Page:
You may have watched The Internship or The Apprentice, and had a rough idea of what interns and apprentices are and what they do. Still, some get these two terms mixed up. The common understanding is that both internships and apprenticeships provide on-the-job training, which is accurate. But this is where the similarity ends.
In today’s article, we will review prominent characteristics that distinguish internships and apprentices and the “-ship” that is most suitable for you.
What is an apprenticeship?
In the past, the term internship was used to describe doctors who had completed their degree but lack a license. Today, it is used as a blanket term to describe last-year university (or college) students who want to venture into the corporate world.
Similar to internships, apprenticeships are available in all shapes and sizes, in a wide range of industries and organisations. The five most popular types of apprenticeship are:
- Business, Administration and Law
- Health, Public Services and Care
- Retail and Commercial Enterprise
- Engineering and Manufacturing Technologies
- Construction, Planning and the Built Environment
Apprentices are treated equally as any other employee as these are paid positions. They are paid to participate in on-the-job training in addition to classroom learning.
Apprenticeships are a great way to supercharge your professional development. Individuals pursue apprenticeships typically already decided on a career path and are looking for opportunities to gain more in-depth experience in their chosen field.
Infographic: 6 benefits of internships
Apprenticeships versus Internships
The main differences between internships and apprenticeships can be briefly explained using the infographic below.
Paid vs Unpaid
A definite advantage of apprenticeships is all apprentices get paid. The salary might not be much when first started, but it will gradually increase as they acquire new skills. Thus, apprenticeships are highly competitive.
Apprentices are highly competent as they need to develop both technical and academic skills to fulfil their responsibilities. After completing the programs, apprentices are certified professionals in their field of work.
On the other hand, internships are often unpaid. Many companies compensate interns with other valuable perks, such as health care packages, team entertainment funds, conferences/ workshops/ networking events, etc. Though unpaid internships are normal, a handful of companies do offer paid programs.
Students generally undertake internships to test drive a specific position or industry. They might not commit to the same type of work after the program is over.
Length of time
Depends on the function, an apprenticeship can last for years and requires a full-time commitment. Internships typically finish within a year, and 3-month programs are what the majority of companies offer.
Students often look for internships during the summertime, or do it for one semester and then move on to the next internship opportunities or look for a full-time job.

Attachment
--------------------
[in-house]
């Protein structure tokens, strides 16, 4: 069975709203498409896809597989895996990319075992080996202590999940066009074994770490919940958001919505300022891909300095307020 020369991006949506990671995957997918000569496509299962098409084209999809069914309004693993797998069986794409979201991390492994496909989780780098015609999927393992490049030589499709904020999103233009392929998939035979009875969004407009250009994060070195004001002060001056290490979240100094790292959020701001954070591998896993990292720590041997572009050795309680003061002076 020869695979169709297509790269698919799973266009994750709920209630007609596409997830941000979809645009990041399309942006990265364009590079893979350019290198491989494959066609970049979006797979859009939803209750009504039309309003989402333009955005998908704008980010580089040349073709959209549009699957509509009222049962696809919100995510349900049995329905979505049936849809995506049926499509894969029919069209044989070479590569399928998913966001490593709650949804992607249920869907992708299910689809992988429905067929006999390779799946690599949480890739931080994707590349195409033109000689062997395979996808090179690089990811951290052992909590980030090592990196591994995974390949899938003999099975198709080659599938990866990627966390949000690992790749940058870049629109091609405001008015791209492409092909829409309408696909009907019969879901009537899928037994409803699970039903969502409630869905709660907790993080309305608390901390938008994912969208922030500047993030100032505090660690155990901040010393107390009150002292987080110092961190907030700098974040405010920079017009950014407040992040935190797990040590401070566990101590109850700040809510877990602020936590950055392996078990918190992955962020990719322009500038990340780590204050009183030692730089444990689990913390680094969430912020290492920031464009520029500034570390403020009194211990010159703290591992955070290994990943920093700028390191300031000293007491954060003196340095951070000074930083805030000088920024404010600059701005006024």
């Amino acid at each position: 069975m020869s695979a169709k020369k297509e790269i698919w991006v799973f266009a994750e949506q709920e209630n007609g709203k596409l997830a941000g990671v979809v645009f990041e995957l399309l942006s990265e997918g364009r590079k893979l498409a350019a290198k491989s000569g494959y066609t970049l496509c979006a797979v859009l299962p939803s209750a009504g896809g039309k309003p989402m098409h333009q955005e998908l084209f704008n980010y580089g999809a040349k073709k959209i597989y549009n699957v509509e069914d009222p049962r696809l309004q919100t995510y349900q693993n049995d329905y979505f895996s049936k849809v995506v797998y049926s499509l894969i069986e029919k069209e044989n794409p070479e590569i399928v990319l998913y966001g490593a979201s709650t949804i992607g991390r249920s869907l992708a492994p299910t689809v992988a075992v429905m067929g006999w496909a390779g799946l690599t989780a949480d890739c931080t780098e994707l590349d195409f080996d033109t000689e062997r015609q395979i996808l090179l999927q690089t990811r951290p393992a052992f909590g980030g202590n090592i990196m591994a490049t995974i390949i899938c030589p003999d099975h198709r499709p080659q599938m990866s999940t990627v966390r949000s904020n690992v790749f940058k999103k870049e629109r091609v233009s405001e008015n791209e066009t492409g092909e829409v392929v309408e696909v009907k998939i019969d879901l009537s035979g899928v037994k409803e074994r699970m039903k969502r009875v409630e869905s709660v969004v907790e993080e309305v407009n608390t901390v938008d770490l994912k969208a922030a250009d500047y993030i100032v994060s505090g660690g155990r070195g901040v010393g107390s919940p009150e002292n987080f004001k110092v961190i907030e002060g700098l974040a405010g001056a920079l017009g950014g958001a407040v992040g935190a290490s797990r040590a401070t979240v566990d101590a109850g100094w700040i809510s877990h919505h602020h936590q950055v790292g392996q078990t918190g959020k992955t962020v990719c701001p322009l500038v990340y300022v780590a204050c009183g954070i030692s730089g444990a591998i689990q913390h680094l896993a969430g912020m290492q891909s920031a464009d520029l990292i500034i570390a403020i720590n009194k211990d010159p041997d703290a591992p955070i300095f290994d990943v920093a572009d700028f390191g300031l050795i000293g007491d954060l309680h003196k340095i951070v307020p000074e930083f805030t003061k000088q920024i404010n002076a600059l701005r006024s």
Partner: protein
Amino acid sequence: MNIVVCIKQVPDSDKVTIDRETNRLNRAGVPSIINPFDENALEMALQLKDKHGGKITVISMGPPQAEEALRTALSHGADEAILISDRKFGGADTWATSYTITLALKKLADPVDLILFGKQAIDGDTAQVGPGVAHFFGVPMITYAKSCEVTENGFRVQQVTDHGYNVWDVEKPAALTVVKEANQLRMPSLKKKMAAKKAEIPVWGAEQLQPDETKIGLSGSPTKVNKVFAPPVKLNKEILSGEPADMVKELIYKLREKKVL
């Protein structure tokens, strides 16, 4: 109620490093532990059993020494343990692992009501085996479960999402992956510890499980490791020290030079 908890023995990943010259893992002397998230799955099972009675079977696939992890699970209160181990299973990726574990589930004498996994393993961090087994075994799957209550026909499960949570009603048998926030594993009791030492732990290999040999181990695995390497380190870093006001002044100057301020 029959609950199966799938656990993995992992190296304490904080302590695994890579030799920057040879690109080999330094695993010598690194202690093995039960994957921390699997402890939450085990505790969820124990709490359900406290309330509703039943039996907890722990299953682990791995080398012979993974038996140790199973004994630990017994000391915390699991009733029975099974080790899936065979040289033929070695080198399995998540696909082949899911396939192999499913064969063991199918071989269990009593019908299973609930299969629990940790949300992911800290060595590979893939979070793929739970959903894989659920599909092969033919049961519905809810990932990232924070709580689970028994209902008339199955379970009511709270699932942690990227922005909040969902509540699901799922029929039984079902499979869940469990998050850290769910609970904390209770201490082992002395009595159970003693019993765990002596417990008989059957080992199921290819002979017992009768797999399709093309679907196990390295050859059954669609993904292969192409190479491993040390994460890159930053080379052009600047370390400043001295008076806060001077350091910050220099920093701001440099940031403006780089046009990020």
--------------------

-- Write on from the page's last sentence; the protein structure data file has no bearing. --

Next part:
Apprentices are given more responsibilities as these are paid positions and are contractually bound. They are exposed to a variety of projects, which then allow them to gain more new knowledge and skills.
Though internships also expose students to a new environment, the duties interns have to bear often are not as complex. Nevertheless, internships can amplify one's resume and the knowledge and skills gained during the internship are not taught in any classroom.
Generally, interns are third-year or senior students who take advantage of their time off to quickly rake up some experience. In some cases, interns can be rotated to a full-time position after completing the program. However, this is not always the case.
Apprenticeships are the complete opposite. Since the employers are sponsoring the training, apprentices are almost guaranteed to have a job that pays well after finishing.
Even when apprentices are not continuing with the previous employers, they are already "certified", which makes them stand out than those without apprenticeships.
Which one to choose?
After clearly outlining the differences between internships and apprenticeships, which is the best option for you? The answer is: it depends.
Both programs offer a wide array of knowledge, experience, and networks that can potentially benefit you in the long-term.
If you are still in school but do not want to waste your free summer days, then internships are great opportunities for you to snatch your dream job. If you already have your mindset on a career path and want to get paid, then go for an apprenticeship.
To learn more about what an intern does in a day, check out TRG’s resources made by our interns here.
Are you interested in learning more about real-world internships? Why not experience it yourself? Our teams at TRG International need talented individuals like you. We offer different internship programs to help you fast-track your professional development. Explore what TRG has in store for you today!